Iranian documentarian takes on artistic censorship

San Francisco Film Society/Courtesy

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From the shackles of an oppressive ideology breaks “This is Not a Film,” which virtually redefines the meaning of artistic freedom.

In 2010, Iranian director Jafar Panahi was given a six-year prison sentence and a 20-year ban from filmmaking. This film, or not-a-film, begins with Panahi on house arrest, awaiting that sentence. In a flash-drive hidden inside a birthday cake, the film was smuggled from Iran to the Cannes Film Festival, where it premiered in 2011.

Panahi is no household name, but he has long been revered by directors like Abbas Kiarostami (“Certified Copy”) and Olivier Assayas (“Carlos”) who have rallied for his release from prison. Since the 1980s, Panahi has worked under the neorealist tradition and a rigid formalism which typify the current face of Iranian cinema. But his work hasn’t reached a broad audience. An Iranian film like this year’s “A Separation,” which won the best foreign language Oscar, burrowed its way into the west because of universal themes and empathic humanism. Something as slight as “This is Not a Film” — which offers all of those things, but in a deconstructionist framework — will not have such a bright future, especially if the Iranian government doesn’t lighten up. The charges of propagandistic dissent levied upon Panahi are symptomatic of the nation’s controversial attempts to control its artists. Director Mohammad Rasoulof, whose “Goodbye” will screen at this year’s San Francisco International Film Festival, was also handed the same sentence.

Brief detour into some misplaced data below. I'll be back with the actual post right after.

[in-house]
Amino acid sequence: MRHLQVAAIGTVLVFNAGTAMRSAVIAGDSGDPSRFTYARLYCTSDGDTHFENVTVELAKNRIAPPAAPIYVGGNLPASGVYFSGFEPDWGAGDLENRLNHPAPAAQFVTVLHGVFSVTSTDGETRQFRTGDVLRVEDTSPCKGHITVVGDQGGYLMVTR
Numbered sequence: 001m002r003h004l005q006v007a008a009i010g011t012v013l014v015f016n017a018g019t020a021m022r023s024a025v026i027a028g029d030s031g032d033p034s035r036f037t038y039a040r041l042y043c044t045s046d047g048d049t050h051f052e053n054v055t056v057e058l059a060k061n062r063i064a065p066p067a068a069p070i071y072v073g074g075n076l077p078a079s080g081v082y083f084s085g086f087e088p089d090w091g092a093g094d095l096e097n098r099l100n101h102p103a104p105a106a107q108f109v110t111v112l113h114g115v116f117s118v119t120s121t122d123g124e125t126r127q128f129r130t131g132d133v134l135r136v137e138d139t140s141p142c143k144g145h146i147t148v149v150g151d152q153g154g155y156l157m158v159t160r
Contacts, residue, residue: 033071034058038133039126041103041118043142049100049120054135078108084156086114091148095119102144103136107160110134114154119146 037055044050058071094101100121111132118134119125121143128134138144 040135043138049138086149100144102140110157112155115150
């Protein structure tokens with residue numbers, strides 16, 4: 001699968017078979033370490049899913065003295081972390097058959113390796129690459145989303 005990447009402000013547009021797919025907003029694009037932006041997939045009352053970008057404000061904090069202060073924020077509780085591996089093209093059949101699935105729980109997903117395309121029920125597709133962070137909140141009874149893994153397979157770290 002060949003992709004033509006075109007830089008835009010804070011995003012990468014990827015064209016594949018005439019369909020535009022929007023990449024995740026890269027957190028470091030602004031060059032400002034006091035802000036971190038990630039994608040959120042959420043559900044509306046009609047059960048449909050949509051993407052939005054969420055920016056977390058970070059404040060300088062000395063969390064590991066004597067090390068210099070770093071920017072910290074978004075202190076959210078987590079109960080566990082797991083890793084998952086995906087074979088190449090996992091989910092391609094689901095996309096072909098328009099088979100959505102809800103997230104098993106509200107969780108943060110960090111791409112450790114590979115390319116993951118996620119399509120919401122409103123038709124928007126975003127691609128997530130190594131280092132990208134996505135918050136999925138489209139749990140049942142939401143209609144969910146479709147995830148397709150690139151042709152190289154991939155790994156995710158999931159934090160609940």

The guerrilla-like approach of “This is Not a Film” makes for 77 extremely intimate minutes spent with Panahi as he listlessly awaits his verdict and his imminent artistic doom. Panahi, evidently, decided that if he couldn’t make a film, he wouldn’t, which is where his latest and possibly final effort gets its self-contradicting title. Beyond the title’s political commitment, this really is an anti-film, as Panahi completely obliterates narrative conventions. When it begins, long self-shot takes depict him eating, feeding his daughter’s pet iguana answering phone calls that pour in from the world outside. A small, gentle man whose reticence belies his stentorian ideology, Panahi miraculously extrapolates compelling cinema from these private episodes. His tedium is our aesthetic satisfaction.

But the film suddenly goes meta. The speakerphone conversations are revealed to be Panahi acting, shot with the help of documentary filmmaker Mojtaba Mirtahmasb. Panahi expresses anxiety about his not-a-film, critiquing the lighting, the “set” — his home in Tehran — and his own performance. He reconstructs for Mirtahmasb his last unmade screenplay by making a mini-set outlined with yellow tape on his living room floor, building the scaffold of a film-within-a-film. “If we could tell a film, then why make a film?” Panahi asks himself, debunking his entire project. For all these complicated metacinematic structures, the felicity of the rapport between Panahi and Mirtahmasb gives the film a certain lightness that makes the more heady stuff somehow less encumbering. Panahi enables us to witness the creative practice incarnate, in real-time.

Out of his physical and spiritual captivity, Panahi is able to create a manifesto of cinema as a process of self-revision. I am not encouraging oppression in any form, but if this is what emerges from a crushed soul, we ought to have more not-a-films than real ones. Whatever that means.

Ryan Lattanzio is the lead film critic

“This is Not a Film” screens through Thursday at the San Francisco Film Society Cinema (1746 Post Street, San Francisco)